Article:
Let’s face it—the nation has been waiting since last year’s Finals to see this series again. To all the experts and fans out there who tried to be clever and stick it to the status quo by picking teams other than the Cavs and Warriors to reach the NBA Finals, stop it. NBA fans should know that the best teams tend to win a seven-game series, and these are clearly the two best teams in the league. End this silly rebellion and climb aboard the bandwagon—it’s time for Cavs-Warriors Part III.

The Warriors are heavily favored in this series, as they should be—they start four All-Stars and have only lost one game since March 11th. Do not let this fool you. This is no David vs. Goliath story. Earlier this week, Kevin Love scoffed at the notion that the Cavs were the “underdog” in this series, and Steve Kerr responded in agreement by stating “they’re the champions. We’re not.” Cleveland is anything but an underdog, and will come out ready to defend their title. Here are the keys to a Golden State victory.

Mike Brown

How could Mike Brown be a key to this series if the Warriors have gone 12-0 in the postseason, all with relative ease? Seems like he has done a pretty darn good job so far. However, the three teams Golden State faced were the 8th seeded Trailblazers, a Jazz team without George Hill and the Spurs, minus Kawhi Leonard and Tony Parker. The Warriors could have reached the Finals without a coach, but they now face a different beast in the Cavs. Though territory is familiar to the Warriors, Brown will be in the championship spotlight. He will have to make in-game adjustments—throw double teams at LeBron, switch up matchups and work the pick and roll. Most importantly, he must instill an attitude into this year’s Warriors team that they have what it takes to finish the fight. The world is watching, Mr. Brown.

Guard the three

Most would believe that the three ball belongs to the Warriors. Curry has revolutionized the idea of the three-point shot, Klay Thompson is a perennial sharpshooter, Draymond can get hot from behind the arc, and now you throw in Kevin Durant? To the surprise of many it is actually the Cavs that have had the best three-point percentage thus far in the playoffs, shooting 43.5%, whereas the Warriors are only managing 38.9% from beyond the arc. In order for Golden State to lower Cleveland’s percentage they must force the Cavs shooters inside, step up on Kyle Korver and JR Smith, make them put the basketball on the ground and work the help defense, and above all, hope that LeBron never heats up from downtown.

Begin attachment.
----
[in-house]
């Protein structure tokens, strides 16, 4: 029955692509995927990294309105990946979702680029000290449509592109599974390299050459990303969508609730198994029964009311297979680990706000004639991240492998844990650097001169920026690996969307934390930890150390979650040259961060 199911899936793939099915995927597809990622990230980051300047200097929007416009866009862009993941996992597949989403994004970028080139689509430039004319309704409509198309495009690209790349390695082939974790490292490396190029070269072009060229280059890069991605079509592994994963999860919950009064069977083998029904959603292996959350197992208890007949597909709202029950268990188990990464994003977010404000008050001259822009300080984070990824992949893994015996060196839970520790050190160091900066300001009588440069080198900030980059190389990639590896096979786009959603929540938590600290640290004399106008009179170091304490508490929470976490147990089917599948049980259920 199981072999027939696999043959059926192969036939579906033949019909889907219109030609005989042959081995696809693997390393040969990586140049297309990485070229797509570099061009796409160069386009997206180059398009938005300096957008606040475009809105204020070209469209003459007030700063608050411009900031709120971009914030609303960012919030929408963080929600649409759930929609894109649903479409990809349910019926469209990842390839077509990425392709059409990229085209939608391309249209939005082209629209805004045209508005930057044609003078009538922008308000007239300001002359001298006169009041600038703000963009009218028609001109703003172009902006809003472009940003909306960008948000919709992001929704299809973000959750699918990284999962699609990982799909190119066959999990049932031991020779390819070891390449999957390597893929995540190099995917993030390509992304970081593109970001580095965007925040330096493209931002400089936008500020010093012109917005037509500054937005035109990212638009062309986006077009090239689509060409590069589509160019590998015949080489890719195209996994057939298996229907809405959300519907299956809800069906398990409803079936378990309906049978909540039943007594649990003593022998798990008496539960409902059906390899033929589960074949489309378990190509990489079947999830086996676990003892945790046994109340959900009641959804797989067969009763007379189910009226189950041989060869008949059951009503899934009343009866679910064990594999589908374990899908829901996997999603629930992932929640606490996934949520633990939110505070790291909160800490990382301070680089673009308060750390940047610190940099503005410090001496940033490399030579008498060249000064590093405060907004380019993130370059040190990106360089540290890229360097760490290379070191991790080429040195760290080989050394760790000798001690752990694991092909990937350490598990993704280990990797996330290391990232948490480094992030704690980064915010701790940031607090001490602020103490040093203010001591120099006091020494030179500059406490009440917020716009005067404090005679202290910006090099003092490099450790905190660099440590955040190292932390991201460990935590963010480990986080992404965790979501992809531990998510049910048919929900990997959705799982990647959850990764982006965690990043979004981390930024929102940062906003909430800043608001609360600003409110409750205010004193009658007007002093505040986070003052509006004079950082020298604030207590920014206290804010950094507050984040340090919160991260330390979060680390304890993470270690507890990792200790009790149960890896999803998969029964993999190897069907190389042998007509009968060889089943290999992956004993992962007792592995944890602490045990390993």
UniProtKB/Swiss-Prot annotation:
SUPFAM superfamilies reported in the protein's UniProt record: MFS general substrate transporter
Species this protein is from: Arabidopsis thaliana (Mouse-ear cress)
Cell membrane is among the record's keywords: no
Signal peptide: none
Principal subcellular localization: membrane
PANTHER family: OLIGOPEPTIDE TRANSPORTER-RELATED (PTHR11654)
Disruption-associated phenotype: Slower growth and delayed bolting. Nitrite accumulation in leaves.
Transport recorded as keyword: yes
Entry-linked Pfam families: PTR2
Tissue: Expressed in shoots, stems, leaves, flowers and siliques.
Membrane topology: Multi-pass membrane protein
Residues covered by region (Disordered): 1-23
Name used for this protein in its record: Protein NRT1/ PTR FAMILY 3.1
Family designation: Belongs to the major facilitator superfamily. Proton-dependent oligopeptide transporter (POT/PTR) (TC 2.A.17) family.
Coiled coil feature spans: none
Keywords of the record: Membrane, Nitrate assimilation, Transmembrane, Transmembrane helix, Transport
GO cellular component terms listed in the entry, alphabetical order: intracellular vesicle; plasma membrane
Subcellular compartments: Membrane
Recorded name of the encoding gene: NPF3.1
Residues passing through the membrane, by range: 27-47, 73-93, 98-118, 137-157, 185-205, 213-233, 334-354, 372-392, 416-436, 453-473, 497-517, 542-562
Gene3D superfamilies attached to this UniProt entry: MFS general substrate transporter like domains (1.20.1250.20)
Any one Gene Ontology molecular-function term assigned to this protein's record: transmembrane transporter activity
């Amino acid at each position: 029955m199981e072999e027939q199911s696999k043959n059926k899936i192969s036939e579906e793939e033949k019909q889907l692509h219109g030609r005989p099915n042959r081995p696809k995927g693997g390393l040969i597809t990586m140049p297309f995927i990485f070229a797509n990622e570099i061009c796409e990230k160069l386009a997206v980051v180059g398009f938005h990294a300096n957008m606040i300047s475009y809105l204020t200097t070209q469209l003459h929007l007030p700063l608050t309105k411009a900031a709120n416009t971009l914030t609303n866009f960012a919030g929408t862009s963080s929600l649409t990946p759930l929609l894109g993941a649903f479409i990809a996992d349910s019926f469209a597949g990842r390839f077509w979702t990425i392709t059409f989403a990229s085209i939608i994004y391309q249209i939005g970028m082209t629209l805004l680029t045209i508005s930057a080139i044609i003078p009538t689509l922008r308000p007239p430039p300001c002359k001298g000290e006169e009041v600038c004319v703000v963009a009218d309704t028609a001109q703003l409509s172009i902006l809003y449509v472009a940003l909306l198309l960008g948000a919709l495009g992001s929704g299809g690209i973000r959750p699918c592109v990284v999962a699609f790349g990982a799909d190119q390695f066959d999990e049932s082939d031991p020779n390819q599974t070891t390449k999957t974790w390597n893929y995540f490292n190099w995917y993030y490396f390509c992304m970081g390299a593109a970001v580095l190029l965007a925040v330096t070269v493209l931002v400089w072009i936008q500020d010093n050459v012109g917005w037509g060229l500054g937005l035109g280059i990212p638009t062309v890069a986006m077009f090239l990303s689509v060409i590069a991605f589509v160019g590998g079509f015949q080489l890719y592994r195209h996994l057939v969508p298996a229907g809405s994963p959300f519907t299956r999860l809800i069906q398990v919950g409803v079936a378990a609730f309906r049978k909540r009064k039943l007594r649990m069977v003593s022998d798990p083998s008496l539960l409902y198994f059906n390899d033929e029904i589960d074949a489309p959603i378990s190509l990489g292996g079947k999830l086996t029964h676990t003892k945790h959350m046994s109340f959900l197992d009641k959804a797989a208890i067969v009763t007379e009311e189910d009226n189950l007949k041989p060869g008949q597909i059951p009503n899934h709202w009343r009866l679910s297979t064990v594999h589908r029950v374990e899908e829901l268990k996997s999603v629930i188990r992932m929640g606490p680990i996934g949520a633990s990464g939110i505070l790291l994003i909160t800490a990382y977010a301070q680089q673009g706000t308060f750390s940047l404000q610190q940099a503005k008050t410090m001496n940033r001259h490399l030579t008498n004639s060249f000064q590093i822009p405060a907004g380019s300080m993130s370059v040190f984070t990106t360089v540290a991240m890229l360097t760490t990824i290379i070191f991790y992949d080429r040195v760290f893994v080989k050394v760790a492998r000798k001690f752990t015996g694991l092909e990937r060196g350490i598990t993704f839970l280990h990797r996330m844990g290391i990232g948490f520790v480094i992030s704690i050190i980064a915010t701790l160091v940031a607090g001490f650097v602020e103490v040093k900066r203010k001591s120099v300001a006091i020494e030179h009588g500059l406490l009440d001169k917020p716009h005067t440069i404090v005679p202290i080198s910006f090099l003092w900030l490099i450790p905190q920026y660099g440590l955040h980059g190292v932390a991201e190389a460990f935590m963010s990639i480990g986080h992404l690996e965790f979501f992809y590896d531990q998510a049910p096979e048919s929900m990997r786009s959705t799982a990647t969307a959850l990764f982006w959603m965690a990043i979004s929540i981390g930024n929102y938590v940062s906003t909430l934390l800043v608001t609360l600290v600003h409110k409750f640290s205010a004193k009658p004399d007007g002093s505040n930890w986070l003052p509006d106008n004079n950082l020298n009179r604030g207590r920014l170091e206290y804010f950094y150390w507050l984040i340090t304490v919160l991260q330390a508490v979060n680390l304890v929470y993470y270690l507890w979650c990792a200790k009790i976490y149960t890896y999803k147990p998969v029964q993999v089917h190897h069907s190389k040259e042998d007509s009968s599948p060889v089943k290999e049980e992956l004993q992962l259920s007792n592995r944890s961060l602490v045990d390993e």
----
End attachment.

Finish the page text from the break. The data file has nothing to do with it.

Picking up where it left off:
Get Klay going

“Klay Thompson, you’re needed at Oracle Arena for the NBA Finals.”

To preface this section, we get it—when you have four superstars in your starting lineup someone is not going to get their piece of the pie. In this case that happens to be Thompson. He’s only averaging 14.4 points per game in the playoffs, and has only eclipsed 20 in two games. Even without scoring much Thompson is still failing to put up numbers in other statistical categories. He’s only averaging two assists per game in the playoffs. Thompson does not need to be the prolific scorer he used to be, but the Warriors will need him to contribute in other areas if they want to have success against the Cavs.

Show up in the clutch

This is the most important key to the Warriors walking away with the NBA Championship—they had trouble closing games throughout the season. Nine of their fifteen losses came by single digits, and they lost all three OT games they played. Now, it’s hard to criticize them too harshly, given they only lost a total of 15 games all season, but that’s what analysts do—they nitpick at the great teams when there is little else to critique. After a year of being the butt of “blowing-a-3-1-lead” jokes, they can cast off the demons by delivering in the clutch in June.

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